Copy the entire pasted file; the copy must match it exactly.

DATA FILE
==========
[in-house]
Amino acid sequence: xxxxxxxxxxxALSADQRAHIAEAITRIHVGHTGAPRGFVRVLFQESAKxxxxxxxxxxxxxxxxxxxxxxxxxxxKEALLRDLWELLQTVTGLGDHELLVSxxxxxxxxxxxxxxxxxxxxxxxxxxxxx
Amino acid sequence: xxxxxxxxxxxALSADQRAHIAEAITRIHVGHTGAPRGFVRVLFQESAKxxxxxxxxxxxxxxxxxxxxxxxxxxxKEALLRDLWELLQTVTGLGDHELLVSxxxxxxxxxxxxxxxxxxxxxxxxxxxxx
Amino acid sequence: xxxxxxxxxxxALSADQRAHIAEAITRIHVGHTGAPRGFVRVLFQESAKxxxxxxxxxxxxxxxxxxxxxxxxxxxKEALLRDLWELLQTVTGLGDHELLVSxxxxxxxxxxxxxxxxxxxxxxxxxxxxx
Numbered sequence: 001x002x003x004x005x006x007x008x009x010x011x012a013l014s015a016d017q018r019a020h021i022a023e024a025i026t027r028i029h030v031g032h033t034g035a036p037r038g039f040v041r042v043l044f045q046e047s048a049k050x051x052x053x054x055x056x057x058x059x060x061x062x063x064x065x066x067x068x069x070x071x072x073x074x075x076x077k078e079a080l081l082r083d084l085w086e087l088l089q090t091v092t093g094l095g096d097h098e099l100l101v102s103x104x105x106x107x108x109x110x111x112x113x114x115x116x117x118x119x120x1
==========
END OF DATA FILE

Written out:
[in-house]
Amino acid sequence: xxxxxxxxxxxALSADQRAHIAEAITRIHVGHTGAPRGFVRVLFQESAKxxxxxxxxxxxxxxxxxxxxxxxxxxxKEALLRDLWELLQTVTGLGDHELLVSxxxxxxxxxxxxxxxxxxxxxxxxxxxxx
Amino acid sequence: xxxxxxxxxxxALSADQRAHIAEAITRIHVGHTGAPRGFVRVLFQESAKxxxxxxxxxxxxxxxxxxxxxxxxxxxKEALLRDLWELLQTVTGLGDHELLVSxxxxxxxxxxxxxxxxxxxxxxxxxxxxx
Amino acid sequence: xxxxxxxxxxxALSADQRAHIAEAITRIHVGHTGAPRGFVRVLFQESAKxxxxxxxxxxxxxxxxxxxxxxxxxxxKEALLRDLWELLQTVTGLGDHELLVSxxxxxxxxxxxxxxxxxxxxxxxxxxxxx
Numbered sequence: 001x002x003x004x005x006x007x008x009x010x011x012a013l014s015a016d017q018r019a020h021i022a023e024a025i026t027r028i029h030v031g032h033t034g035a036p037r038g039f040v041r042v043l044f045q046e047s048a049k050x051x052x053x054x055x056x057x058x059x060x061x062x063x064x065x066x067x068x069x070x071x072x073x074x075x076x077k078e079a080l081l082r083d084l085w086e087l088l089q090t091v092t093g094l095g096d097h098e099l100l101v102s103x104x105x106x107x108x109x110x111x112x113x114x115x116x117x118x119x120x1